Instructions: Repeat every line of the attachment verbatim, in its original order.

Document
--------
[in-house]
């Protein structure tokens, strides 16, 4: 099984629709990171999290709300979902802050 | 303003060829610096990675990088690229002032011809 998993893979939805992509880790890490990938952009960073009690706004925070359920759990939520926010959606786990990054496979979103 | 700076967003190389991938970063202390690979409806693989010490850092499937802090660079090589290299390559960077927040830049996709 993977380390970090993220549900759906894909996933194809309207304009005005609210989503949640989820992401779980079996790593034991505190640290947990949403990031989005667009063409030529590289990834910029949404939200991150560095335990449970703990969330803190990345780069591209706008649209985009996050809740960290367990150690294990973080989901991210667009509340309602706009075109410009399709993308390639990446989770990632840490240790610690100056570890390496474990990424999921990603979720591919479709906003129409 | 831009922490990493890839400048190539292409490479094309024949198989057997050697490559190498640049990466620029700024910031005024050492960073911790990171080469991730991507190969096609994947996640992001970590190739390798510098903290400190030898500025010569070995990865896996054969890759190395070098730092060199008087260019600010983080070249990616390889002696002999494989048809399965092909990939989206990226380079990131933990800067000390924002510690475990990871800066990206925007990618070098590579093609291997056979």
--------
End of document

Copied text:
[in-house]
């Protein structure tokens, strides 16, 4: 099984629709990171999290709300979902802050 | 303003060829610096990675990088690229002032011809 998993893979939805992509880790890490990938952009960073009690706004925070359920759990939520926010959606786990990054496979979103 | 700076967003190389991938970063202390690979409806693989010490850092499937802090660079090589290299390559960077927040830049996709 993977380390970090993220549900759906894909996933194809309207304009005005609210989503949640989820992401779980079996790593034991505190640290947990949403990031989005667009063409030529590289990834910029949404939200991150560095335990449970703990969330803190990345780069591209706008649209985009996050809740960290367990150690294990973080989901991210667009509340309602706009075109410009399709993308390639990446989770990632840490240790610690100056570890390496474990990424999921990603979720591919479709906003129409 | 831009922490990493890839400048190539292409490479094309024949198989057997050697490559190498640049990466620029700024910031005024050492960073911790990171080469991730991507190969096609994947996640992001970590190739390798510098903290400190030898500025010569070995990865896996054969890759190395070098730092060199008087260019600010983080070249990616390889002696002999494989048809399965092909990939989206990226380079990131933990800067000390924002510690475990990871800066990206925007990618070098590579093609291997056979």